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Federal agencies agree to limit cattle from grazing in sensitive habitats

Federal land management agencies have agreed to do more to keep cattle from grazing in sensitive habitats in the Verde River watershed. A U.S. District Court judge approved the settlement between ecological groups and the federal agencies. 

The U.S. Fish and Wildlife Service and Forest Service agreed to inspect river areas near grazing land. They also will take action to return any cattle to their owners and fix broken fencing. 

The agreement covers 140 miles of streams and 22 ranching allotments in northern Arizona.

Disputes go back to 1998, when the Forest Service agreed to stop livestock from grazing riparian habitats.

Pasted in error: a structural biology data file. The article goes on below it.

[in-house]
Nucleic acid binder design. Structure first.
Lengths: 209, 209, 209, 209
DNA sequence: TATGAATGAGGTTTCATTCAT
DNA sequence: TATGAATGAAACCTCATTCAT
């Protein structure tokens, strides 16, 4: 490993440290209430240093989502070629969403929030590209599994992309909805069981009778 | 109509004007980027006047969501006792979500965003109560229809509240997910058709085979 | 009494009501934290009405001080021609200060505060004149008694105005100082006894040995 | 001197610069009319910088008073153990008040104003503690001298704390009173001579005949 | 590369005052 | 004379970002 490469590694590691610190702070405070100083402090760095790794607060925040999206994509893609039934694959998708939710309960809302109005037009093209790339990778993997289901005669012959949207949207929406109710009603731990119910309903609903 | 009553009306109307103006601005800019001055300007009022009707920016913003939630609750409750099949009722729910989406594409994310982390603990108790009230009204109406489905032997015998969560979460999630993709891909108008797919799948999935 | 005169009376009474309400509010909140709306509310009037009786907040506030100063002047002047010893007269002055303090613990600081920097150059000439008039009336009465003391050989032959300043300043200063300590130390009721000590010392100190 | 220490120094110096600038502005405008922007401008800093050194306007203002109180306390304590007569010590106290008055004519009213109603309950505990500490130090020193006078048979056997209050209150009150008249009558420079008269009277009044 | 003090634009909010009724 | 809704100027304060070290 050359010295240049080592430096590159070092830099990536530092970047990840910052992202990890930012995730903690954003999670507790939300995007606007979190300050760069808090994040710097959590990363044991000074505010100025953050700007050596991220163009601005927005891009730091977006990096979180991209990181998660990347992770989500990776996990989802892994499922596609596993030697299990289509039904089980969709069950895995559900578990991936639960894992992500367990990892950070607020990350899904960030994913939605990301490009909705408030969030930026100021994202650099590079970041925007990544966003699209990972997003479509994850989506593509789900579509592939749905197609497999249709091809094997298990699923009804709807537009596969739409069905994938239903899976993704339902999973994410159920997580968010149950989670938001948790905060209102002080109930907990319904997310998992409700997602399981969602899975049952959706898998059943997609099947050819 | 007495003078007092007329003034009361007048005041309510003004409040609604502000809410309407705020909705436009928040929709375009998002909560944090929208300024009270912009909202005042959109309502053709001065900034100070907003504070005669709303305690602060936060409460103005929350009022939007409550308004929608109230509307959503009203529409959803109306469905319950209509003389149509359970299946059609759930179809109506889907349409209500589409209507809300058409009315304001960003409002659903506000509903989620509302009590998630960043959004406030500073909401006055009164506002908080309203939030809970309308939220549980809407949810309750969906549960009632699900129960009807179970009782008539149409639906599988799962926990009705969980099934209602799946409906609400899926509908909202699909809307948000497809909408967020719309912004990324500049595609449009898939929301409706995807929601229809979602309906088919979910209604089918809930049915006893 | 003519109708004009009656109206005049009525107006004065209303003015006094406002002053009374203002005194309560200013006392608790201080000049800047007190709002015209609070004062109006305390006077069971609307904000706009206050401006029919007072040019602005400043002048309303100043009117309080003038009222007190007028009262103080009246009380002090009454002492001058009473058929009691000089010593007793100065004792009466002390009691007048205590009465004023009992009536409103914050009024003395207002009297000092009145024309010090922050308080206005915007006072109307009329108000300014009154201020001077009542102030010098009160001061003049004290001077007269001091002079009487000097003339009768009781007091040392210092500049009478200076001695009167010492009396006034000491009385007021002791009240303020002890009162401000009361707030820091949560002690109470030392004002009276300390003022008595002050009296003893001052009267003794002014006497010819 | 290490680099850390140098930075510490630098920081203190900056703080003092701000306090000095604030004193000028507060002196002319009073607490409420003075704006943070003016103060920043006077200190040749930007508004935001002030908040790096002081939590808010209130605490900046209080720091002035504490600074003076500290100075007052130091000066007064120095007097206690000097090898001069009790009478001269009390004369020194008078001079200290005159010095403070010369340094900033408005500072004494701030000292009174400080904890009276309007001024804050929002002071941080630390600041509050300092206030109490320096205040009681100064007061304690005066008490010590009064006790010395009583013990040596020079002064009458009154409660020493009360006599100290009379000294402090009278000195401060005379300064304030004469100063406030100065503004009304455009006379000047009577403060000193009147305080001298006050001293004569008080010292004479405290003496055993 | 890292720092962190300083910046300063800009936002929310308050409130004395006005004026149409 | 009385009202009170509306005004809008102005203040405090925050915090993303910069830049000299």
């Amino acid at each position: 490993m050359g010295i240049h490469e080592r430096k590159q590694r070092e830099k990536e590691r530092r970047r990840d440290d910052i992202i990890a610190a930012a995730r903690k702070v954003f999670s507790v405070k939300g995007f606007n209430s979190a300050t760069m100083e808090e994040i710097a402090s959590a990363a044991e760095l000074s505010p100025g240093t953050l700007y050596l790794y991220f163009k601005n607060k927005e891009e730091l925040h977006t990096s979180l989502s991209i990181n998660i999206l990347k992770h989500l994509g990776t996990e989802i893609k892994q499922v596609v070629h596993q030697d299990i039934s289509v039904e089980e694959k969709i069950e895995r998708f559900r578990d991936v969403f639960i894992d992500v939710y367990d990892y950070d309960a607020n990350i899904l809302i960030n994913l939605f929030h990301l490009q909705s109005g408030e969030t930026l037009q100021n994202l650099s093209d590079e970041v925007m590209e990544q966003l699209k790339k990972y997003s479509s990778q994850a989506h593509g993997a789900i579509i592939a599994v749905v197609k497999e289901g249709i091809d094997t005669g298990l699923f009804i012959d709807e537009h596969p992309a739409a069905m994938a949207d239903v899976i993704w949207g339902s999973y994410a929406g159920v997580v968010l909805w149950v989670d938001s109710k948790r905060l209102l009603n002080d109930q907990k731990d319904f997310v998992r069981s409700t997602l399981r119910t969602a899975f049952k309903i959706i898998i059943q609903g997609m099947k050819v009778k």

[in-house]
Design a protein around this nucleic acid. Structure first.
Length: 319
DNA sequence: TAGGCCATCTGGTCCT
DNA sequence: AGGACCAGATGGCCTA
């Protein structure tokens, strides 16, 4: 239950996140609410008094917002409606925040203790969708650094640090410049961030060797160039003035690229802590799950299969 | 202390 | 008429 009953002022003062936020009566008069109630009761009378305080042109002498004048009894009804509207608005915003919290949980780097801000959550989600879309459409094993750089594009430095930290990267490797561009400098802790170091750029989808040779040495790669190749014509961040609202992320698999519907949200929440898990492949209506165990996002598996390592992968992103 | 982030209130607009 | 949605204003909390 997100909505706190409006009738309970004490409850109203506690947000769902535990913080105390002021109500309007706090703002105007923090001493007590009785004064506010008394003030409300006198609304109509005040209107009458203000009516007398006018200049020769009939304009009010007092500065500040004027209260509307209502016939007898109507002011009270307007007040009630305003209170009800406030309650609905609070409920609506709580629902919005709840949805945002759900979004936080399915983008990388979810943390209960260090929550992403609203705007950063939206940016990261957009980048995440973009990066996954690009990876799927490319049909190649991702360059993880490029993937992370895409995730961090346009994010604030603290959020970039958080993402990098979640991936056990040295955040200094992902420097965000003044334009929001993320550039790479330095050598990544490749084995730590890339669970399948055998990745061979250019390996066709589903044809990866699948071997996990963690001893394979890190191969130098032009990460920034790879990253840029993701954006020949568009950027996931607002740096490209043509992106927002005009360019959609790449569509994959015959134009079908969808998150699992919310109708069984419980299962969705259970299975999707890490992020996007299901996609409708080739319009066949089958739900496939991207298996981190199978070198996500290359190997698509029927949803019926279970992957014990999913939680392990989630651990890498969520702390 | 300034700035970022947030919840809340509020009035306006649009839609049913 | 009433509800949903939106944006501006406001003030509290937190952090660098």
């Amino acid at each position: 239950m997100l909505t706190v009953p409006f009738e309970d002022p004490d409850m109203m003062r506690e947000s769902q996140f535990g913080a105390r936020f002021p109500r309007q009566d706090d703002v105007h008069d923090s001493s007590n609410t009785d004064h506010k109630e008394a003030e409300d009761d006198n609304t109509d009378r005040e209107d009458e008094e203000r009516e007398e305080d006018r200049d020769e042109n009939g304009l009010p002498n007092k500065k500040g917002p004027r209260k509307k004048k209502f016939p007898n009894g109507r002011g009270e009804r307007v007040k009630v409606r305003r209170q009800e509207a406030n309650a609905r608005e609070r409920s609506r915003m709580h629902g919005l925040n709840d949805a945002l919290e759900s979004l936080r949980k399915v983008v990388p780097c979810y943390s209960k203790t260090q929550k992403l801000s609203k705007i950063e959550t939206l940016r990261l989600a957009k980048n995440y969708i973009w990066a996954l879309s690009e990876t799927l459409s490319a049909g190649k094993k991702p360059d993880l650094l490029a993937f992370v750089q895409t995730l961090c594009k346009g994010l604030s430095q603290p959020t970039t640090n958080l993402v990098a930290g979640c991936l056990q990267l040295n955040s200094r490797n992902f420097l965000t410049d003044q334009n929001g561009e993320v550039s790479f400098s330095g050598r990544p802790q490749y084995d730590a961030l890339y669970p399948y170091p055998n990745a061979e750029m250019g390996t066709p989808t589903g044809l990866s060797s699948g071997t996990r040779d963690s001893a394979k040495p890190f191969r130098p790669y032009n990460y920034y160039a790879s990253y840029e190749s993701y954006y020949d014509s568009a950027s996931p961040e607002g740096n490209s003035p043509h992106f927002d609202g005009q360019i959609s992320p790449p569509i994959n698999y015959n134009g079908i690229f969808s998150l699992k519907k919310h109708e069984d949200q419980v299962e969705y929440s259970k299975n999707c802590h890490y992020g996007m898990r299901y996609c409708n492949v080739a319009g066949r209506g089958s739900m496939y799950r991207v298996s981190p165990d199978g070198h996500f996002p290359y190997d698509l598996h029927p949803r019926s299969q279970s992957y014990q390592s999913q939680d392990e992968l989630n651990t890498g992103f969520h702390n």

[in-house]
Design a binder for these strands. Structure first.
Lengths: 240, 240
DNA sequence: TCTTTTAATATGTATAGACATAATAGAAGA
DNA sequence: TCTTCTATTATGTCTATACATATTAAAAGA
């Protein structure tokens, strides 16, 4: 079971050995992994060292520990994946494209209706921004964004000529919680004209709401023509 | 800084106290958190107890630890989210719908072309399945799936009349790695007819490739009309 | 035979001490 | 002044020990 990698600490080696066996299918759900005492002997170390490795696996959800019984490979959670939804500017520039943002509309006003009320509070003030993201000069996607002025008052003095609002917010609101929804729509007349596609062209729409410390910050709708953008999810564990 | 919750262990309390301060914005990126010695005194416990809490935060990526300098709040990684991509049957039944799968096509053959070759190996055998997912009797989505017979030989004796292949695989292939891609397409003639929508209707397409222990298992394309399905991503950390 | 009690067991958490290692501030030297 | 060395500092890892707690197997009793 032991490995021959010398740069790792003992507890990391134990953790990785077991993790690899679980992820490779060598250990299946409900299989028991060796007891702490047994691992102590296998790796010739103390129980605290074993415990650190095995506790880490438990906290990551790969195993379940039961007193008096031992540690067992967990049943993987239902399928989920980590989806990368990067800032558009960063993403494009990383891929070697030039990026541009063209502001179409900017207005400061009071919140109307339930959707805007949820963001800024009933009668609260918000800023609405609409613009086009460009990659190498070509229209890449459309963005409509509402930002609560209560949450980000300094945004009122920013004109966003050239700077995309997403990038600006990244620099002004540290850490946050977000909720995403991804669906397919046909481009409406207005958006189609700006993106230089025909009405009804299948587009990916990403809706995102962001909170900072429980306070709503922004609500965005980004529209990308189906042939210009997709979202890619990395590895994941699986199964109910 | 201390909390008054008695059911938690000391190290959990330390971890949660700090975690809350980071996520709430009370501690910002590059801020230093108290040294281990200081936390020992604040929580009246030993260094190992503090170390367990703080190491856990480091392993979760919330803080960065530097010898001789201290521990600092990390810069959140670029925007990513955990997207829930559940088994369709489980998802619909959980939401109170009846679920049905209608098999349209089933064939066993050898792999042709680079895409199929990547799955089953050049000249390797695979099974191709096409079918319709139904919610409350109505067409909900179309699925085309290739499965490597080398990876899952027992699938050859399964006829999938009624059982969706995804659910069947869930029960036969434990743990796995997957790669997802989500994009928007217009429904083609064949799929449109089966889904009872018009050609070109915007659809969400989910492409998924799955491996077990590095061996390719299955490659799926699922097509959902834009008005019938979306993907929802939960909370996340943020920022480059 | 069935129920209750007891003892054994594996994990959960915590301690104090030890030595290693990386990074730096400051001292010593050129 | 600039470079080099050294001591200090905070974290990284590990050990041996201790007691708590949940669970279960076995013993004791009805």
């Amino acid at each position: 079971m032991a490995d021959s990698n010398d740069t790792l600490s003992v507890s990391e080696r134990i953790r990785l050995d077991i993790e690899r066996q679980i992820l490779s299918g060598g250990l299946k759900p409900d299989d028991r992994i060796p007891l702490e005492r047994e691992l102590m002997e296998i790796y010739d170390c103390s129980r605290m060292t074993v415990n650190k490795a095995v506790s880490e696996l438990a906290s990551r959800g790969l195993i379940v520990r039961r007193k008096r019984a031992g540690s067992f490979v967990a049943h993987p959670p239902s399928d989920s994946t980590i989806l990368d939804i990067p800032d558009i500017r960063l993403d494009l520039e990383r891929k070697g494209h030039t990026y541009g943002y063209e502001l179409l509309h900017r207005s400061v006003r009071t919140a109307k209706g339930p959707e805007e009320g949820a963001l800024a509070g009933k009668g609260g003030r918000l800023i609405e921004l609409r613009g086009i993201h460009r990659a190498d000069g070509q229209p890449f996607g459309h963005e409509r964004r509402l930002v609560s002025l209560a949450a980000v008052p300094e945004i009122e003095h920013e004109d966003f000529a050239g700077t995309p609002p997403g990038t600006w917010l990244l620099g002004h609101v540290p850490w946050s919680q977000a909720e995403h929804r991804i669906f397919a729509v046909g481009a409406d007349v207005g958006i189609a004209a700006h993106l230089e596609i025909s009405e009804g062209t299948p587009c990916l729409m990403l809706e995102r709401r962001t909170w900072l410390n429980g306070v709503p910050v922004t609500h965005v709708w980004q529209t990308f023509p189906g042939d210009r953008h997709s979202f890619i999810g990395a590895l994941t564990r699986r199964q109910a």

The Center for Biological Diversity filed the lawsuit along with the Maricopa Audubon Society.  Center cofounder Robin Silver says the problem breaks down to a lack of enforcement. 

“It's not like the ranchers don't know that their cows are in the wrong place. The ranchers know. It's just they know the Forest Service never checks," Silver said.

Two other cattle grazing cases covering Arizona wildlife have been settled this year. 

Those settlements covered areas in the White Mountains and the Gila River Watershed as well.

Howard Fischer of Capitol Media Services contributed to this story. 

Greg Hahne started as a news intern at KJZZ in 2020 and returned as a field correspondent in 2021. He learned his love for radio by joining Arizona State University's Blaze Radio, where he worked on the production team.